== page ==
Advent 3 - Living in Liminal Light


A sermon on Luke 1:78-79 and Malachi 4:1-2


(for an audio recording of this sermon, click here. Photo by Mohamed Nohassi on Unsplash)


If I were to ask each person here about the last time they stopped and stared at the beauty of the sky, I suspect that a significant portion of our stories would involve two times of day: either sunrise, or sunset.

There is simply no more awe-inspiring time of light than these two in-between spaces, when the sun is not yet, or no longer, shining down directly, but rather the light comes in at an angle, breaking into different wavelengths that paint the heavens with glorious color.

It’s a peculiar characteristic of sunlight that it is at its most beautiful when it is at its least useful.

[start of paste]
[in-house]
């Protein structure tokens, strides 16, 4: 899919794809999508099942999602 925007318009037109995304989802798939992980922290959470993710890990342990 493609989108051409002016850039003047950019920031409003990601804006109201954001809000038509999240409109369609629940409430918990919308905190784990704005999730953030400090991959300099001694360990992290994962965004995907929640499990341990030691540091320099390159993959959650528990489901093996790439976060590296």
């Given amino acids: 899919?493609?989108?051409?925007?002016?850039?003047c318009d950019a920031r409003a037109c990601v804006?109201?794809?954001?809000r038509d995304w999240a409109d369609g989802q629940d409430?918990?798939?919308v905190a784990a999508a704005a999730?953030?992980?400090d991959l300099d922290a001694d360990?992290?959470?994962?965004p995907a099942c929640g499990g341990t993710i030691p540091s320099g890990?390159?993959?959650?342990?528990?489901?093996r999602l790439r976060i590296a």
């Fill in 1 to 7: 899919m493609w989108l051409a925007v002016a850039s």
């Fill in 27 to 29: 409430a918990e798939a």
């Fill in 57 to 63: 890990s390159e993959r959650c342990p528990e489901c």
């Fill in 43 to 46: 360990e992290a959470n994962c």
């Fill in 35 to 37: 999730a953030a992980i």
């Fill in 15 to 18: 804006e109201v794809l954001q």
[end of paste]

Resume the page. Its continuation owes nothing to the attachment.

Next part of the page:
Slanted light does not warm the earth like the mid-day sun.

Its rays are best converted to energy when they hit solar panels at a 90 degree angle, not an oblique one.

And the most essential use we make of sunlight – the illumination that lets us see clearly – is muted at the beginning and end of the day, forcing us to slow down and focus more carefully… or else to stop squinting at the details and take a break to just stare at the stunning sky.

It’s almost as though the colors that burst forth when the sun touches the horizon, are a physical reminder that our to-do list is not the only reality worth noticing… and that usefulness is not the only characteristic of value.

The light that is just there during the rest of the day, taken for granted as we rush about tasks, calls us into a different kind of attention at the transitions between daytime movement and nighttime rest.

Christ, our Dayspring, our first light of day that does not yet shine clearly enough to brighten the world around us, reminds us of the beauty, joy, and wisdom to be found in liminal spaces, where the edges blur and we find ourselves standing – at one time – in two realities: